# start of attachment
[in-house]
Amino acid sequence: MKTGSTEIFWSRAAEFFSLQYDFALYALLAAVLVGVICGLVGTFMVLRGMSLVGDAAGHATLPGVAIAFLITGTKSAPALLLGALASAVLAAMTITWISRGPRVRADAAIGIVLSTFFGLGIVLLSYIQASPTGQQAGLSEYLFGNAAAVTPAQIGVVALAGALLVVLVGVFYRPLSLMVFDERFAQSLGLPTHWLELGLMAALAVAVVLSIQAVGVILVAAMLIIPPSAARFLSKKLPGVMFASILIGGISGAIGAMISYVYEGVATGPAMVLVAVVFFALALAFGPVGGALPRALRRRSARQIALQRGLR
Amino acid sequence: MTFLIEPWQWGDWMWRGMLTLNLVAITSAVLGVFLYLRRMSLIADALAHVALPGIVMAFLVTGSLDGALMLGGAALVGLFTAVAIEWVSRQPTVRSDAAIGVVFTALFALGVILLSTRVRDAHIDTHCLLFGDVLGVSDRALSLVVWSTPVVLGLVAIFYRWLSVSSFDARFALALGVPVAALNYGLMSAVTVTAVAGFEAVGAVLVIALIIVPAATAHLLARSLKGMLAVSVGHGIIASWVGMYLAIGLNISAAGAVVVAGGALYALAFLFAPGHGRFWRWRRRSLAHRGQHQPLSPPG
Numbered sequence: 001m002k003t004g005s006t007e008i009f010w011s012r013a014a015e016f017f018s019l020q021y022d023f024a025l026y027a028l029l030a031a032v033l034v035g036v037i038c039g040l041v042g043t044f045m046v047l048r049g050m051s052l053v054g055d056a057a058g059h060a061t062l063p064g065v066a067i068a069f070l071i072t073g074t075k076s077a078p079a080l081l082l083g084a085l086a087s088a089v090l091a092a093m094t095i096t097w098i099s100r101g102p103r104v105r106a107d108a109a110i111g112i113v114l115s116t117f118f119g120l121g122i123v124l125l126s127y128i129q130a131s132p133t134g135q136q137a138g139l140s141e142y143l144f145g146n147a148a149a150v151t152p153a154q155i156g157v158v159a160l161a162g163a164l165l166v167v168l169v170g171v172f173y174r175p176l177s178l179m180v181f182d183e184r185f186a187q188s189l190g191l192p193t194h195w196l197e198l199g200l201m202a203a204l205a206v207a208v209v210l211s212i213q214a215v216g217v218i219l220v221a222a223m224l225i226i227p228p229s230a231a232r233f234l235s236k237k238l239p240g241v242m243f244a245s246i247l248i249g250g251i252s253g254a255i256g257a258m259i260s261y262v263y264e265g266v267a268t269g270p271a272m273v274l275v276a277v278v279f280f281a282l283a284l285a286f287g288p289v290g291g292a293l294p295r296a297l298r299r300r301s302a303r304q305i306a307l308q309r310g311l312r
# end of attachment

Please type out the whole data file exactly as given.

[in-house]
Amino acid sequence: MKTGSTEIFWSRAAEFFSLQYDFALYALLAAVLVGVICGLVGTFMVLRGMSLVGDAAGHATLPGVAIAFLITGTKSAPALLLGALASAVLAAMTITWISRGPRVRADAAIGIVLSTFFGLGIVLLSYIQASPTGQQAGLSEYLFGNAAAVTPAQIGVVALAGALLVVLVGVFYRPLSLMVFDERFAQSLGLPTHWLELGLMAALAVAVVLSIQAVGVILVAAMLIIPPSAARFLSKKLPGVMFASILIGGISGAIGAMISYVYEGVATGPAMVLVAVVFFALALAFGPVGGALPRALRRRSARQIALQRGLR
Amino acid sequence: MTFLIEPWQWGDWMWRGMLTLNLVAITSAVLGVFLYLRRMSLIADALAHVALPGIVMAFLVTGSLDGALMLGGAALVGLFTAVAIEWVSRQPTVRSDAAIGVVFTALFALGVILLSTRVRDAHIDTHCLLFGDVLGVSDRALSLVVWSTPVVLGLVAIFYRWLSVSSFDARFALALGVPVAALNYGLMSAVTVTAVAGFEAVGAVLVIALIIVPAATAHLLARSLKGMLAVSVGHGIIASWVGMYLAIGLNISAAGAVVVAGGALYALAFLFAPGHGRFWRWRRRSLAHRGQHQPLSPPG
Numbered sequence: 001m002k003t004g005s006t007e008i009f010w011s012r013a014a015e016f017f018s019l020q021y022d023f024a025l026y027a028l029l030a031a032v033l034v035g036v037i038c039g040l041v042g043t044f045m046v047l048r049g050m051s052l053v054g055d056a057a058g059h060a061t062l063p064g065v066a067i068a069f070l071i072t073g074t075k076s077a078p079a080l081l082l083g084a085l086a087s088a089v090l091a092a093m094t095i096t097w098i099s100r101g102p103r104v105r106a107d108a109a110i111g112i113v114l115s116t117f118f119g120l121g122i123v124l125l126s127y128i129q130a131s132p133t134g135q136q137a138g139l140s141e142y143l144f145g146n147a148a149a150v151t152p153a154q155i156g157v158v159a160l161a162g163a164l165l166v167v168l169v170g171v172f173y174r175p176l177s178l179m180v181f182d183e184r185f186a187q188s189l190g191l192p193t194h195w196l197e198l199g200l201m202a203a204l205a206v207a208v209v210l211s212i213q214a215v216g217v218i219l220v221a222a223m224l225i226i227p228p229s230a231a232r233f234l235s236k237k238l239p240g241v242m243f244a245s246i247l248i249g250g251i252s253g254a255i256g257a258m259i260s261y262v263y264e265g266v267a268t269g270p271a272m273v274l275v276a277v278v279f280f281a282l283a284l285a286f287g288p289v290g291g292a293l294p295r296a297l298r299r300r301s302a303r304q305i306a307l308q309r310g311l312r